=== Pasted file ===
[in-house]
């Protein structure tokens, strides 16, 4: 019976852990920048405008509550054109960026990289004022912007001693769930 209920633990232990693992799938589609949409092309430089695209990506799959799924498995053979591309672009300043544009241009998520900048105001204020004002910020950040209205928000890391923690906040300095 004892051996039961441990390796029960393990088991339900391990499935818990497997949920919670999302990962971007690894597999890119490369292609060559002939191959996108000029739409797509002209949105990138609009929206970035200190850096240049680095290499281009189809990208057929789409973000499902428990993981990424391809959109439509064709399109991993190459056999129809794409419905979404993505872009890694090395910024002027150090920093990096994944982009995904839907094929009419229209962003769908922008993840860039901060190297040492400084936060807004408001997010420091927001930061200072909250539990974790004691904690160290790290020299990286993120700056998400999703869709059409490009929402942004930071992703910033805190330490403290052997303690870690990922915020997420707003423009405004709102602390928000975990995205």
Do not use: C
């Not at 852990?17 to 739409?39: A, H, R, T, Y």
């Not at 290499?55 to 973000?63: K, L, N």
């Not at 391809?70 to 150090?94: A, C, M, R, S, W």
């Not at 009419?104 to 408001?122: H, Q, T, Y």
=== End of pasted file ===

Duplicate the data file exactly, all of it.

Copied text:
[in-house]
């Protein structure tokens, strides 16, 4: 019976852990920048405008509550054109960026990289004022912007001693769930 209920633990232990693992799938589609949409092309430089695209990506799959799924498995053979591309672009300043544009241009998520900048105001204020004002910020950040209205928000890391923690906040300095 004892051996039961441990390796029960393990088991339900391990499935818990497997949920919670999302990962971007690894597999890119490369292609060559002939191959996108000029739409797509002209949105990138609009929206970035200190850096240049680095290499281009189809990208057929789409973000499902428990993981990424391809959109439509064709399109991993190459056999129809794409419905979404993505872009890694090395910024002027150090920093990096994944982009995904839907094929009419229209962003769908922008993840860039901060190297040492400084936060807004408001997010420091927001930061200072909250539990974790004691904690160290790290020299990286993120700056998400999703869709059409490009929402942004930071992703910033805190330490403290052997303690870690990922915020997420707003423009405004709102602390928000975990995205």
Do not use: C
């Not at 852990?17 to 739409?39: A, H, R, T, Y």
């Not at 290499?55 to 973000?63: K, L, N």
């Not at 391809?70 to 150090?94: A, C, M, R, S, W």
């Not at 009419?104 to 408001?122: H, Q, T, Y």